Use this URL to cite or link to this record in EThOS: http://ethos.bl.uk/OrderDetails.do?uin=uk.bl.ethos.508041
Title: Beyond imagination : Eisenstein on audiovisual cinema
Author: Robertson, Robert
Awarding Body: King's College London
Current Institution: King's College London (University of London)
Date of Award: 2007
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Abstract:
This research presents the first stage of a composer-filmmaker's exploration of Eisenstein's ideas on audiovisual cinema, an attempt to answer this question: how does Eisenstein contribute to our understanding of cinema as an audiovisual medium? In the first chapter, Audiovisual Counterpoint, the influences on Eisenstein of Hans Richter, James Joyce, and Chinese landscape painting are shown. These influences are related to the polyphonic technique of fugue, and how Eisenstein found in this musical technique a method for structuring audiovisual cinema. The second chapter, Organic Unity, features what Eisenstein learned about the audiovisual from his mentor, the theatre director Meyerhold, with specific reference to music and its relation to the concept of organic unity. The third chapter, Non indifferent Nature, is a study of how Eisenstein's concept of `nonindifferent nature' was crystallised during the making of his unfinished sound film Que viva Mexico! It shows how Eisenstein was influenced by the muralist painters Rivera, Siqueiros and Orozco, Mexico's cultures and landscapes, and his research into trance states and religion. It explains how these influences were vital to Eisenstein's deepening awareness of the expressive possibilities of audiovisual cinema. The last chapter, Synaesthesia, features Eisenstein's fascination with the phenomenon of synaesthesia, especially of the audiovisual kind. His audiovisual collaboration with Prokofiev is examined in this context. Eisenstein's related interest in the ideas of Wagner, Kandinsky and Scriabin, as well as the research of the psychologists Vygotsky and Luria are explored. Various responses to stimuli are outlined: synaesthesia, the reflex, the conditioned reflex, metaphorical thinking, and the process of association. This stimulus response model prompts a study of the influence of various occult traditions and symbolism on Eisenstein. This is followed by an examination of his idea of audiovisual cinema as a form of thought. An overview of the musicality of Eisenstein's approach to the audiovisual is then demonstrated, and the chapter concludes with an account of his vision of a new audiovisual language of cinema.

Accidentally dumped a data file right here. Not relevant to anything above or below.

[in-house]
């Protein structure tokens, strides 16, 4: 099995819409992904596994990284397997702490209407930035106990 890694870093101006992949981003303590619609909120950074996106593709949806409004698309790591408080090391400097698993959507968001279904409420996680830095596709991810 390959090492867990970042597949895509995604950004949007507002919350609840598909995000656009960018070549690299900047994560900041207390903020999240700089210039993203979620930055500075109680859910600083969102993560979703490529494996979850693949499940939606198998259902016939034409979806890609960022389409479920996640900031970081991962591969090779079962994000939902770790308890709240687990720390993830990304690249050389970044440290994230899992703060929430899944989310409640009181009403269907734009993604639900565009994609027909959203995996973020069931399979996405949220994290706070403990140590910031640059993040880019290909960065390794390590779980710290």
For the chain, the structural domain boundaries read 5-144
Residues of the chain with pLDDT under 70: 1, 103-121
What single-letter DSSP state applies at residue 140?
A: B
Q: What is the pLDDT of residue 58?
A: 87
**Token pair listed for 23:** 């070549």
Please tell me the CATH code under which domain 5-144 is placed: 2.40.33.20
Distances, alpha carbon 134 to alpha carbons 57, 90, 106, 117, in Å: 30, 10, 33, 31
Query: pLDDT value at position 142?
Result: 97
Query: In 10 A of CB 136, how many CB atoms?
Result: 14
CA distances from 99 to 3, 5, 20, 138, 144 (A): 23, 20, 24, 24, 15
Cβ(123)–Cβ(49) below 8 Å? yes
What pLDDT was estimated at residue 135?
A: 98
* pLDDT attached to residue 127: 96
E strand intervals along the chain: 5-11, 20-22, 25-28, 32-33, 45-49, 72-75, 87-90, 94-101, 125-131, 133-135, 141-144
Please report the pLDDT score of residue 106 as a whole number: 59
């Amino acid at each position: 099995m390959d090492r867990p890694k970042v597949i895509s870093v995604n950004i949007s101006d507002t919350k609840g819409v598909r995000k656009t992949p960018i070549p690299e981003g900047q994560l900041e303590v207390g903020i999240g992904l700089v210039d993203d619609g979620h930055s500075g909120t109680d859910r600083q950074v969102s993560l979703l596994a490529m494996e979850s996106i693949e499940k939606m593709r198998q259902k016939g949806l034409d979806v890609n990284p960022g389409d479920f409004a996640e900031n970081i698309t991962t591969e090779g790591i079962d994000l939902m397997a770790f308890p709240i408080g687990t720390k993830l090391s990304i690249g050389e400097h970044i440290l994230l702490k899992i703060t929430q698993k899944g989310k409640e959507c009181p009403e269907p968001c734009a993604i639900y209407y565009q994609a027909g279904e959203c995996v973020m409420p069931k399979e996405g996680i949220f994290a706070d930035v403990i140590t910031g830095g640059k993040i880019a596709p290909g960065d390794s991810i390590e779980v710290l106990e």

Supervisor: Not available Sponsor: Not available
Qualification Name: Thesis (Ph.D.) Qualification Level: Doctoral
EThOS ID: uk.bl.ethos.508041  DOI: Not available
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